Inside the halls were more national treasures. Made from gilt-bronze, two of the Buddha statues were cast around the late 8th or 9th centuries. Each was placed on top of beautifully carved altars. Behind the statues were figurative murals, many of which were faded and difficult to discern. I liked the relief design of hands behind one of the non-treasure Buddhas, radiating out from the head in concentric circles, each circle containing diminishing sizes of hands with an eye in each. The ceilings of the halls were also painted. Pink lotus-shaped lanterns hung from the ceiling. Along the wall were small white lamps with faux flickering lights; perhaps this was a fire prevention solution. Entrance was allowed in only some of the halls. Photography, unfortunately, was forbidden in all the halls.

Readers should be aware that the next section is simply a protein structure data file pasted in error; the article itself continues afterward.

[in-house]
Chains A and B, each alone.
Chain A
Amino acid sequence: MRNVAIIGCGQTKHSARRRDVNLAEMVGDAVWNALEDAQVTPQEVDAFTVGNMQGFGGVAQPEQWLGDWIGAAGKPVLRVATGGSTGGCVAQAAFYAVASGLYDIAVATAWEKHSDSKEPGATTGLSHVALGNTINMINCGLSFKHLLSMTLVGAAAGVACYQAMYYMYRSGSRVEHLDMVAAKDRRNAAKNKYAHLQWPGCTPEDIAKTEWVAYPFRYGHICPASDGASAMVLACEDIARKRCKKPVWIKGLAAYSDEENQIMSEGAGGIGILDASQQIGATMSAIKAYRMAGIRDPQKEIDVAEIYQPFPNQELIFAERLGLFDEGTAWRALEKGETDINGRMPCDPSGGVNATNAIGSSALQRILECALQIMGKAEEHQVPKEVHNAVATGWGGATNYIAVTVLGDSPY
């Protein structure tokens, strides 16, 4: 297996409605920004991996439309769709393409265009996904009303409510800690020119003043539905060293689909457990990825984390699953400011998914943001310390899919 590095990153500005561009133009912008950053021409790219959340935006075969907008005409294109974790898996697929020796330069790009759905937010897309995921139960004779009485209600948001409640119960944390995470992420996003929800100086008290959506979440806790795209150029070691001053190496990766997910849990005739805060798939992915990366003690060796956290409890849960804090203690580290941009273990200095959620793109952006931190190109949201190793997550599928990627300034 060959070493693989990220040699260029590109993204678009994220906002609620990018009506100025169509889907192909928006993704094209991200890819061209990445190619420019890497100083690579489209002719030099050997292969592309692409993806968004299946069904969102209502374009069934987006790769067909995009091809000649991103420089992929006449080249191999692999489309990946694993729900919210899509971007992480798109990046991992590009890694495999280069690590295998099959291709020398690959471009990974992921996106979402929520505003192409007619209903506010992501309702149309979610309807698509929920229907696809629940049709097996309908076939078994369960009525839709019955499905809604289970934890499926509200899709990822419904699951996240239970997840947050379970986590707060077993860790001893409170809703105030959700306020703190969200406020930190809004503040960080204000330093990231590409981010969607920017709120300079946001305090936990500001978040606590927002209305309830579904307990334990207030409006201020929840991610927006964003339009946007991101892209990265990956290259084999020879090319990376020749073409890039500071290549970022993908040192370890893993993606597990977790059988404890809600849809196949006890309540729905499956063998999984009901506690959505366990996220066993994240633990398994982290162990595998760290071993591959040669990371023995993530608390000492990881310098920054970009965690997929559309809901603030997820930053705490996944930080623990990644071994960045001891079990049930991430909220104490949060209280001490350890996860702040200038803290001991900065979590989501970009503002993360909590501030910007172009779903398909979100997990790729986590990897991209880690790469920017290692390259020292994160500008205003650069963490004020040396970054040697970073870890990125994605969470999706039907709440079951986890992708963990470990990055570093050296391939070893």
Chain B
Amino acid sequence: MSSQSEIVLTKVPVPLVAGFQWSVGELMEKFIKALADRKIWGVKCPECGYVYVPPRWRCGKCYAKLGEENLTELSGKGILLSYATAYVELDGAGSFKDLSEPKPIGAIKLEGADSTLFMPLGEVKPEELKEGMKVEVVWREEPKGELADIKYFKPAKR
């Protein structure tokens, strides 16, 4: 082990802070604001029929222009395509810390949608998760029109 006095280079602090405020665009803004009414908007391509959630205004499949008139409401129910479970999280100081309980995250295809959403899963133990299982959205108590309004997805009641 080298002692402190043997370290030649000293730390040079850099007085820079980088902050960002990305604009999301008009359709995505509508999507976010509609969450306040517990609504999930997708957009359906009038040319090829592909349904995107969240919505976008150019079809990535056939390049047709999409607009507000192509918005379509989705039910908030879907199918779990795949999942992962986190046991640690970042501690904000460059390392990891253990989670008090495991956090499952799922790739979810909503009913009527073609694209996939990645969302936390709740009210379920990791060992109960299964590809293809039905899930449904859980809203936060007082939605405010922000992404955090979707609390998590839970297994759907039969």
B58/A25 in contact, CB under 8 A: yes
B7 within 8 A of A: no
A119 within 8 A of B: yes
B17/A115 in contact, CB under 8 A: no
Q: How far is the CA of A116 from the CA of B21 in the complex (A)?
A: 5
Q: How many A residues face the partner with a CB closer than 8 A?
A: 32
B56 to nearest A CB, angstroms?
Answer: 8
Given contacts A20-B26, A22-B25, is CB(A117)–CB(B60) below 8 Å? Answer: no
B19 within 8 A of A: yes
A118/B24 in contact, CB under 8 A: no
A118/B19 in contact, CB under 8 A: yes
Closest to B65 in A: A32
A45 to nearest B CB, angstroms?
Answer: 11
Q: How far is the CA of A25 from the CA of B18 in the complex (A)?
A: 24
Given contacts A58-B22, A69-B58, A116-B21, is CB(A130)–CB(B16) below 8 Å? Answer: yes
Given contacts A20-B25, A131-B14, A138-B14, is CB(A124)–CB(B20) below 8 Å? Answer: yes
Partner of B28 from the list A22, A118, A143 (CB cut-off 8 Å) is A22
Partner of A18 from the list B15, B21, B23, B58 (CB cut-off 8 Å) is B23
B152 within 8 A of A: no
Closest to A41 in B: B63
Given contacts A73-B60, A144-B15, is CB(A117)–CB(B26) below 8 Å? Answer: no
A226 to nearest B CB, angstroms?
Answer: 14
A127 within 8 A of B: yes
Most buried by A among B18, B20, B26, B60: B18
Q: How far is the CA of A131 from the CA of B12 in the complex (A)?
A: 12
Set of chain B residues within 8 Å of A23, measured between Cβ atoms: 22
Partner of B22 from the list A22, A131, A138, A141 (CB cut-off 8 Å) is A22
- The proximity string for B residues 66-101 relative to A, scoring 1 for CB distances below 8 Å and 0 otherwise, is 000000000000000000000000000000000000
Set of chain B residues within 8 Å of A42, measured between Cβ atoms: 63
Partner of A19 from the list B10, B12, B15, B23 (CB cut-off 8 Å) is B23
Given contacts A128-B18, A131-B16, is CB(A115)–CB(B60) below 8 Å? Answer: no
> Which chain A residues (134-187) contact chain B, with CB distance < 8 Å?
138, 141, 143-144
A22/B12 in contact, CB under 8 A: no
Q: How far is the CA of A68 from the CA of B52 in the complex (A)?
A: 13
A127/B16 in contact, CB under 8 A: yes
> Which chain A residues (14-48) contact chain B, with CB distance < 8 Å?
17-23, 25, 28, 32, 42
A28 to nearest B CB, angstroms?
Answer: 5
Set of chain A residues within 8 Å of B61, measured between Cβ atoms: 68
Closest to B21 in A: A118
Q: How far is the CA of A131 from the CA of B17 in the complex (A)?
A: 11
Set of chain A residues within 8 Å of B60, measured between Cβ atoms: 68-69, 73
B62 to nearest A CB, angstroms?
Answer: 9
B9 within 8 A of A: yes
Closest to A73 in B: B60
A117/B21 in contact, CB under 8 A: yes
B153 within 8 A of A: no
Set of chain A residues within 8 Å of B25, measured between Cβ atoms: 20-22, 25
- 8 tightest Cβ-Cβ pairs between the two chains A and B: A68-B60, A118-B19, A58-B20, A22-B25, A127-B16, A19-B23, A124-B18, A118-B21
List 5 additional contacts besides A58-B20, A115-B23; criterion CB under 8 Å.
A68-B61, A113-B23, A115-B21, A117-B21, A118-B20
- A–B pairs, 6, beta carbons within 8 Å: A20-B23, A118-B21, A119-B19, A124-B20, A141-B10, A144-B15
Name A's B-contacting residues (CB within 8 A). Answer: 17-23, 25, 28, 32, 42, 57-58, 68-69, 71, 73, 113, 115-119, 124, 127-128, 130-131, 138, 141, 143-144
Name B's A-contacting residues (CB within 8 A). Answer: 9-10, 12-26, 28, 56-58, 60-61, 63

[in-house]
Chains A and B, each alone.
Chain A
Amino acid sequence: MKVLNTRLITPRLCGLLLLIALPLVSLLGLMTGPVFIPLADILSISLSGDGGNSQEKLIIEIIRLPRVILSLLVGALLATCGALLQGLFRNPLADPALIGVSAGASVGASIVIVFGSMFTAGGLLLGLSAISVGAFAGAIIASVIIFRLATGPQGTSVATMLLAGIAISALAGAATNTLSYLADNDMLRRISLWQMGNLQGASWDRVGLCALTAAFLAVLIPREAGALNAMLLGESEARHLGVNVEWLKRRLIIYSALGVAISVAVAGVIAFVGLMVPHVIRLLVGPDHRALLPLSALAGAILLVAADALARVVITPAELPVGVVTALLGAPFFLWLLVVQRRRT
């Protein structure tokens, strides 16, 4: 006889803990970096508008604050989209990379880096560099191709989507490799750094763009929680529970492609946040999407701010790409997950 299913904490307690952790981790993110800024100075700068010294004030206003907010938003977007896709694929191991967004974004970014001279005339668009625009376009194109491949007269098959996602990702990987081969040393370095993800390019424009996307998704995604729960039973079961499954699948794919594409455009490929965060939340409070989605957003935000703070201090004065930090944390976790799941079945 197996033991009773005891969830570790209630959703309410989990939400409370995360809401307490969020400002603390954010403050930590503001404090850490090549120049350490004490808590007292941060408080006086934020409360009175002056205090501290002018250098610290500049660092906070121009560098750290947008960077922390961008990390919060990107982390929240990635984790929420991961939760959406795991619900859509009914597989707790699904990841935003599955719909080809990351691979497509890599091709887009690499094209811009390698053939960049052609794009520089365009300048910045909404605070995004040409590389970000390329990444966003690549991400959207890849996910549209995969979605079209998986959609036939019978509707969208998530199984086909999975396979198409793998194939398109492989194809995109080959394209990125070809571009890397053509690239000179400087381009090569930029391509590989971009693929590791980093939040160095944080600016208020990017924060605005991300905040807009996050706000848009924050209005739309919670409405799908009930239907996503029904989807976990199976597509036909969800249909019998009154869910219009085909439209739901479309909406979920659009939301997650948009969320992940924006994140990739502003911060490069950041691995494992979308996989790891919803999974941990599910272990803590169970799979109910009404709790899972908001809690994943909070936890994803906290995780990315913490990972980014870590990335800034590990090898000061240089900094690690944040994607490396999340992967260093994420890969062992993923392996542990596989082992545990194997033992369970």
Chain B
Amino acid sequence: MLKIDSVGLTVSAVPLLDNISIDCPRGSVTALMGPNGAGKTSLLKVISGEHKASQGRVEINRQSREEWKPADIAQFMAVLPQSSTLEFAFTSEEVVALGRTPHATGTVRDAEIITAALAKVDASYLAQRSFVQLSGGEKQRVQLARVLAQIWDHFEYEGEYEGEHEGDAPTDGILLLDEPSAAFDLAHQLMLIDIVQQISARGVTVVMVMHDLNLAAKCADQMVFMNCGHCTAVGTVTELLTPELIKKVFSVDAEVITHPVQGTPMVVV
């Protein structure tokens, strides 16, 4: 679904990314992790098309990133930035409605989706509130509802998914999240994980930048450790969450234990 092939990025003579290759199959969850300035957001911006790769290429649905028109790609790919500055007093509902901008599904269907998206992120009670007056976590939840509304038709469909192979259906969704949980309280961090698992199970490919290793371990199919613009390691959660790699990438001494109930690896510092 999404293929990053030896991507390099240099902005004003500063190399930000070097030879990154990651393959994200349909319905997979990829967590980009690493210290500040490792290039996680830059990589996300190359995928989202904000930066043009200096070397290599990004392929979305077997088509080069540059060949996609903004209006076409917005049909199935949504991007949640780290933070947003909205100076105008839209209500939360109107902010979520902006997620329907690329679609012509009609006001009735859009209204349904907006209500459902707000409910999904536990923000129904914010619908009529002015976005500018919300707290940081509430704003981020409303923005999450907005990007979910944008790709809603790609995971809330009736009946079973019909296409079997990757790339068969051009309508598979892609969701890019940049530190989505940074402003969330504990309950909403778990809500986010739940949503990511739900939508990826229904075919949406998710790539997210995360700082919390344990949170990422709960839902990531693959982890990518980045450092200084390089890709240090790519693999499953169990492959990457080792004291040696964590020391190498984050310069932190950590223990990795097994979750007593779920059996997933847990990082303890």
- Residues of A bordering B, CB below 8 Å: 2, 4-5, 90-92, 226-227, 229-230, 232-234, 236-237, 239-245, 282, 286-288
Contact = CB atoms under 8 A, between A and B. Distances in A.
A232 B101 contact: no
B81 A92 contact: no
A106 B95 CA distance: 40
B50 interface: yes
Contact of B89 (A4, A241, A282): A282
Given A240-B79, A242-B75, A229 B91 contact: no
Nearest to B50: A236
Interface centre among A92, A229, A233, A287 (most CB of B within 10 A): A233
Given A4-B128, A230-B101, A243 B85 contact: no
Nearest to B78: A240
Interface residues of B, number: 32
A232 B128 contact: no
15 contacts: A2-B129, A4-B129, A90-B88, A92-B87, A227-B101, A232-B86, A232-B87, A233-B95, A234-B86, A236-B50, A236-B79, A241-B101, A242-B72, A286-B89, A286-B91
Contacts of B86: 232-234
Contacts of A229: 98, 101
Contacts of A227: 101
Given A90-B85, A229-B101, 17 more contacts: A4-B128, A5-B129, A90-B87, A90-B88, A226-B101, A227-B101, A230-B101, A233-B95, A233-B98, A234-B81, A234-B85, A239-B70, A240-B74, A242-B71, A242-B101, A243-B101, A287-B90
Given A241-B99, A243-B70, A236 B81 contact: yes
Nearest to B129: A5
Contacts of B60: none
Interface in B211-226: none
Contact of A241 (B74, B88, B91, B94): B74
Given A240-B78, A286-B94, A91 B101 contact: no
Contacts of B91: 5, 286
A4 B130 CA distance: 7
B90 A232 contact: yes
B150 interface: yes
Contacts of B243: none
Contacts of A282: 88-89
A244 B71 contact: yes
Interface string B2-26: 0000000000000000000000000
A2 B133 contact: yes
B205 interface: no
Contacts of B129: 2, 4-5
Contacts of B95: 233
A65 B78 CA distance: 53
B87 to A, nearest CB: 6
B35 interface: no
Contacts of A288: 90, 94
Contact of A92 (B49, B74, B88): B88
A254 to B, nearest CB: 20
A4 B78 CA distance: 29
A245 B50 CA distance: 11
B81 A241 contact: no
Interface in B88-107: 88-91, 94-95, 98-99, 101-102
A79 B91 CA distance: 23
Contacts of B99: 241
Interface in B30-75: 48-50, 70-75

Another national treasure, the sarira pagoda, looked more like a stone lantern, sheltered under its own open pavilion. The lotus flower was prominently featured in many of its carvings and designs. Faces of the Buddha, Bodhisattvas, and sinjang were carved in the rounded central part of the pagoda. Believed to be carved during the Goryeo Dynasty (beginning in 918 AD), it appears to be stylistically influenced by art from the Silla Dynasty. The Sarira Pagoda was taken to Japan during Japanese occupation, but in 1933 was retrieved and rebuilt.